Wilderness Ordeal

Two hundred and fifty years ago, Major Robert Rogers and his rangers launched a daring wilderness raid against an enemy village, but paid a steep price

A dozen miles north of the British fort of Crown Point on the eastern shore of Lake Champlain, amid the buttonbush, bulrush, and cattail wetlands that crowded Otter Creek’s delta, Maj. Robert Rogers glassed down the lake for the lateen sails of a patrolling enemy French sloop or schooner. Pulled into hiding within the marsh lay 17 whaleboats, each bearing eight oars and provisions for a month. It was Saturday, September 15, 1759, in the midst of the French and Indian War, the titanic struggle between the French and British empires for dominion over North America.Read more »

The Real First World War And The Making Of America

It has taken us two and a half centuries to realize just how important this conflict was

Two hundred and fifty years ago this winter, European courts and diplomats were moving ever closer to war. It would prove larger, more brutal, and costlier than anyone anticipated, and it would have an outcome more decisive than any war in the previous three centuries.

The Revolution 1776 To 1787

I’ve been fighting the war of the American Revolution (on paper, that is, and with none of the suffering the participants endured) off and on since 1962, and my research has included journals, diaries, letters, newspapers, and books on nearly all the campaigns. For the list that follows I have assumed that a reader is interested in the overall story of the Revolutionary War. (Books about specific campaigns or battles are far too numerous to include.) These are books I have found informative, enjoyable, and, in some cases, worth reading again and again.Read more »

France And Us

The French helped us win our Revolution. A few years later we were at war with Napoleon’s navy. The two countries have been falling in and out of love ever since. Why?

Congress serves freedom fries, American military wives talk of freedom kisses, vandals in Bordeaux burn and deface a model of the Statue of Liberty. It’s a good time to remember that American-French relations have had many ups and downs. The ups include the Franco-American joint operation that was the Yorktown campaign; the tough-minded love letter to the United States that Alexis de Tocqueville wrote in Democracy in America; fighting on the same side in two world wars; and cinéastes taking inspiration from John Ford.Read more »

The Deerfield Massacre

One terrible night came to symbolize the whole struggle for supremacy on the North American continent

Our traditional picture of colonial New England is essentially a still life. Peaceful little villages. Solid, strait-laced, steadily productive people. A landscape serene, if not bountiful. A history of purposeful, and largely successful, endeavor. Read more »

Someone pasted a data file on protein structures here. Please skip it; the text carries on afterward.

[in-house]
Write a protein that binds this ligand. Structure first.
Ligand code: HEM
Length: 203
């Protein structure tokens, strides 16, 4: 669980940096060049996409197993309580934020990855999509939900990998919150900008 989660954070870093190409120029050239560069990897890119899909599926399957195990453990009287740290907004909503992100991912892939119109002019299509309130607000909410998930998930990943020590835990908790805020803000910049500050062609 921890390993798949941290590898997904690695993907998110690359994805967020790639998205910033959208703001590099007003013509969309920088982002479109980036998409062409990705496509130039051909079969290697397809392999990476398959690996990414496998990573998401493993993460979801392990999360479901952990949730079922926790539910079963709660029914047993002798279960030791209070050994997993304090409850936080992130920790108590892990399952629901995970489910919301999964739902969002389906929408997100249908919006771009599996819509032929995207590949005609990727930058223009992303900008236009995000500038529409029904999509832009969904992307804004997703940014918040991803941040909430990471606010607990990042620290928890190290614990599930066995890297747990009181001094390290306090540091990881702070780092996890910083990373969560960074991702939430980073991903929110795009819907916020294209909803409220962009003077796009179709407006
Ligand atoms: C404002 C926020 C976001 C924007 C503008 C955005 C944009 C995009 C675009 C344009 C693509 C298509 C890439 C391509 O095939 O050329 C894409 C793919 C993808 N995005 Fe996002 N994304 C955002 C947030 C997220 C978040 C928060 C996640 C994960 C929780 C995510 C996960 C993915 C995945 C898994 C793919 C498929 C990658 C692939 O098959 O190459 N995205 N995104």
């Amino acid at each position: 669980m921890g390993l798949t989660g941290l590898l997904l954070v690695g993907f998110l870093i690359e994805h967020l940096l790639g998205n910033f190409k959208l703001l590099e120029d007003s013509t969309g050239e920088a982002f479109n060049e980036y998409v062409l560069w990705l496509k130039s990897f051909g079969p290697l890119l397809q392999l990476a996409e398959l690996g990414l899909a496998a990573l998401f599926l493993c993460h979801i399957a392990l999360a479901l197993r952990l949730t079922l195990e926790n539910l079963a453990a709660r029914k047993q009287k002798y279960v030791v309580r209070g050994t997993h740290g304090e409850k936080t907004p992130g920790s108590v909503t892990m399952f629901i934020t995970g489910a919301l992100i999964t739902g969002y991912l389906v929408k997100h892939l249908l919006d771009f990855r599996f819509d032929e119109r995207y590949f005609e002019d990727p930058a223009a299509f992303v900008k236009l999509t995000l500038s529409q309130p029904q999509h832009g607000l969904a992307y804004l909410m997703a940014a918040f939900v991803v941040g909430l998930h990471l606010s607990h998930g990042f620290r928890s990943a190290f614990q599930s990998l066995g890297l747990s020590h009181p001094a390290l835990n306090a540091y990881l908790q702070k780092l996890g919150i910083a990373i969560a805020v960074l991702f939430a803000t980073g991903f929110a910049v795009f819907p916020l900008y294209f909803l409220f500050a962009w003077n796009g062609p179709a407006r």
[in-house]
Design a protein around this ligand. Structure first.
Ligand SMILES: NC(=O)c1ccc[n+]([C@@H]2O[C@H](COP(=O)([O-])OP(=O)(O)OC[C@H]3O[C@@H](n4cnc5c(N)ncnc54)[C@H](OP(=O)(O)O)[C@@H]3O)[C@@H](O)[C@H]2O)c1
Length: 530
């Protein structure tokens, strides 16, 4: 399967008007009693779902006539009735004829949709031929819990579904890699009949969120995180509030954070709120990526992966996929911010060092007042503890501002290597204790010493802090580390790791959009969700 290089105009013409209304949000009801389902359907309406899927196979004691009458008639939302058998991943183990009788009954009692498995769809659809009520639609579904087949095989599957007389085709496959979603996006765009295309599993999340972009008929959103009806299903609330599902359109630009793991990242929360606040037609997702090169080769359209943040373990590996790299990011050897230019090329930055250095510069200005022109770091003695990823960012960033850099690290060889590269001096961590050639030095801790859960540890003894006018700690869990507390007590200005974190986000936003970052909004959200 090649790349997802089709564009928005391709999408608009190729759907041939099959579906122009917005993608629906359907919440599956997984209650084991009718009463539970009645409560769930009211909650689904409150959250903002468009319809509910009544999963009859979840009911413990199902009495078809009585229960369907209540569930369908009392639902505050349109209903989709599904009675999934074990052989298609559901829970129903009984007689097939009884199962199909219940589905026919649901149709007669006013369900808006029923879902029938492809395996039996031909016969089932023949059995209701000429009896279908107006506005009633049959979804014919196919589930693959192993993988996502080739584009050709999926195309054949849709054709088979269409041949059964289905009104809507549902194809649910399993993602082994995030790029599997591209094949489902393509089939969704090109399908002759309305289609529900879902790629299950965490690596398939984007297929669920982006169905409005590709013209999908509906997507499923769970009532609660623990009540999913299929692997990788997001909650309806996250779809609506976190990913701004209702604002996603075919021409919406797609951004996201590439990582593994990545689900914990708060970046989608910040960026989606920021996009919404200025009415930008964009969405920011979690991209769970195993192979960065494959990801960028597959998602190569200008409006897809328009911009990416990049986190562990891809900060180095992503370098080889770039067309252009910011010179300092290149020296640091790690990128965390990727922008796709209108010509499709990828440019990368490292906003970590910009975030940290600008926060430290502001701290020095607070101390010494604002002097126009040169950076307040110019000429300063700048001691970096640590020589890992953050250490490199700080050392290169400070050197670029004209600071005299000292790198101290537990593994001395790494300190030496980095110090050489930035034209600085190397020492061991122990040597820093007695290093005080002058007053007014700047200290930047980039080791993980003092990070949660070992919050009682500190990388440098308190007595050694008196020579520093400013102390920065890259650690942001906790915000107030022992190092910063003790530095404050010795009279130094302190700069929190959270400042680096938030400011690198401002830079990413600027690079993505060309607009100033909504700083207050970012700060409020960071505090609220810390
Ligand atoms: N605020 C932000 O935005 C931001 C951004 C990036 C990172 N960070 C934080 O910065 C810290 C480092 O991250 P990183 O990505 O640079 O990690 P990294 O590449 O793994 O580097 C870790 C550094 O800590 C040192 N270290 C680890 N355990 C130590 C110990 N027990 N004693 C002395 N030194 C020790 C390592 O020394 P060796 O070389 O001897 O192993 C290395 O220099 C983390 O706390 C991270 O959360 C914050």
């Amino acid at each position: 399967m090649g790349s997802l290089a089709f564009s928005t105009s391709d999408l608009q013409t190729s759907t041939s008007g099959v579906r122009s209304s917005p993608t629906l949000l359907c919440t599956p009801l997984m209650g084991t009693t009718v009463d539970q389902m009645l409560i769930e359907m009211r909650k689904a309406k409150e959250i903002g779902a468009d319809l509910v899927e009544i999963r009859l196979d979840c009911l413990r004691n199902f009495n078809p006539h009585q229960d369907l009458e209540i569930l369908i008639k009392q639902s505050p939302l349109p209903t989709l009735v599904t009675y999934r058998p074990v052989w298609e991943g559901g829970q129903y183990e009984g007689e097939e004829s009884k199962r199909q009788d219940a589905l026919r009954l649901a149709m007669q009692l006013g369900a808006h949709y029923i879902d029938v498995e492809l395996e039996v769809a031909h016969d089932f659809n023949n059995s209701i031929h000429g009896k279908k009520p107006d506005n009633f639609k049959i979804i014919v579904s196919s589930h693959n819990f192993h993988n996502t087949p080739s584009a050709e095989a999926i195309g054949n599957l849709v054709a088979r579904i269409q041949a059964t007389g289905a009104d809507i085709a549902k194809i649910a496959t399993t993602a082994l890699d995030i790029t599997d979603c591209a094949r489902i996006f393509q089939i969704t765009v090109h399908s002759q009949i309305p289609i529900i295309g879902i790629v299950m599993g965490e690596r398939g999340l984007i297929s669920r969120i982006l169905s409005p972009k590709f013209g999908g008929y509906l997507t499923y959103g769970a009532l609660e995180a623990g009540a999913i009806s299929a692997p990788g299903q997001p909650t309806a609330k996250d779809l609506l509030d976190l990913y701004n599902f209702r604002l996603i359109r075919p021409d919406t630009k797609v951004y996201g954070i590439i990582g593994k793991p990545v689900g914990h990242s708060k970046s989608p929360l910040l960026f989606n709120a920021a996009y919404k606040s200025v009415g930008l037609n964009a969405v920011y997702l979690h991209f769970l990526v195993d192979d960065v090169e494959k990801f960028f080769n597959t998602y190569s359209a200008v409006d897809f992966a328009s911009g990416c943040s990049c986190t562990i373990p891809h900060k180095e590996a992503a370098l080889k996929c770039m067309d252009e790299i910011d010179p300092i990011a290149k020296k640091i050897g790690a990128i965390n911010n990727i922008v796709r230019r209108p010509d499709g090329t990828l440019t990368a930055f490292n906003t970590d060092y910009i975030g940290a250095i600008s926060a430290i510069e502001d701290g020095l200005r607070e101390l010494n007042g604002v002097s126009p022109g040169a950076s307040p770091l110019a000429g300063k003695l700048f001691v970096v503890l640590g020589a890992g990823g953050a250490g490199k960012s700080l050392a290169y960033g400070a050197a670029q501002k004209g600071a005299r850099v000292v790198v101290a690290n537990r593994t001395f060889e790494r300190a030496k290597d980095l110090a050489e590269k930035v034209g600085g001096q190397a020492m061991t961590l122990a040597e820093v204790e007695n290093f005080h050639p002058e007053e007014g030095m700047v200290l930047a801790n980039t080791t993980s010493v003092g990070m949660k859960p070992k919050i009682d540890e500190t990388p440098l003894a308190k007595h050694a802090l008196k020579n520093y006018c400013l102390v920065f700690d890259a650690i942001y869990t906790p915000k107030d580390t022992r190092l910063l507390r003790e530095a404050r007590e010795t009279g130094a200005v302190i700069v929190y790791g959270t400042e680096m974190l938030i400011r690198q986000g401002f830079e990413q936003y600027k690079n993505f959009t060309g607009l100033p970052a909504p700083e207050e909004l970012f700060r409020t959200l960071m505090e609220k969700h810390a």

The French And Indian War In Pittsburgh: A Memoir

She played the war, learning to creep through the woods without leaving footprints or snapping twigs. She read and dreamed about the war, lying on her bed, limp with horror and delight. The history of the war was a drug and she was an addict.

The French and Indian War! This was a war of which I, reading stretched out in my bedroom, could not get enough. The names of the places were a litany: Fort Ticonderoga on Lake Champlain, Fort Frontenac on the St. Lawrence, Vincennes on the Wabash. The names of the people were a litany: Captain Claude-Pierre Pécaudy, Sieur de Contrecoeur; the Swiss commander of Fort Pitt, Simeon Ecuyer; the great Indian fighter Col. Henry Bouquet; Maj. Robert Rogers of the Rangers; the Sieur de Marin; the Marquis de Montcalm; the Seneca chief Half-King.Read more »

“The Miraculous Care Of Providence”

George Washington’s Narrow Escapes

Upon at least five occasions when in great danger from gunfire George Washington remained unscathed. His hat was shot off his head; his clothes were torn; horses were killed beneath him, but the hero was never so much as scratched by a bullet. For this immunity he thanked “Providence.” He also wrote himself down as lucky. Read more »

Americans As Guerrilla Fighters: Robert Rogers And His Rangers

As the fourth ice age of the Pleistocene epoch receded some eleven thousand years ago, an almost impenetrable forest of oak, elm, birch, maple, and pine trees sprang up between the coast of New England and the shores of the Mississippi. So fertile was the soil and so thick did the green canopy become that sunlight seldom penetrated to the forest floor, where ferocious beasts prowled and decaying tree trunks littered the primordial gloom. It was in this great arboreal cavern, stretching from Maine to Missouri, that Robert Rogers found himself at home.Read more »

Acadia Country

The old house, many-hued in ruin, stands rotting, some thirty miles above New Orleans, farther from the changing river bed than in its youth, deserted, its records mostly forgotten; but it speaks of the land of the Acadians, of the Bayous Teche, Vermillion and LaFourche and of a distinctive people. Acadians lived here for many years. They did not build the old mansion, to be sure, for that was the work of the Creoles, the aristocrats.Read more »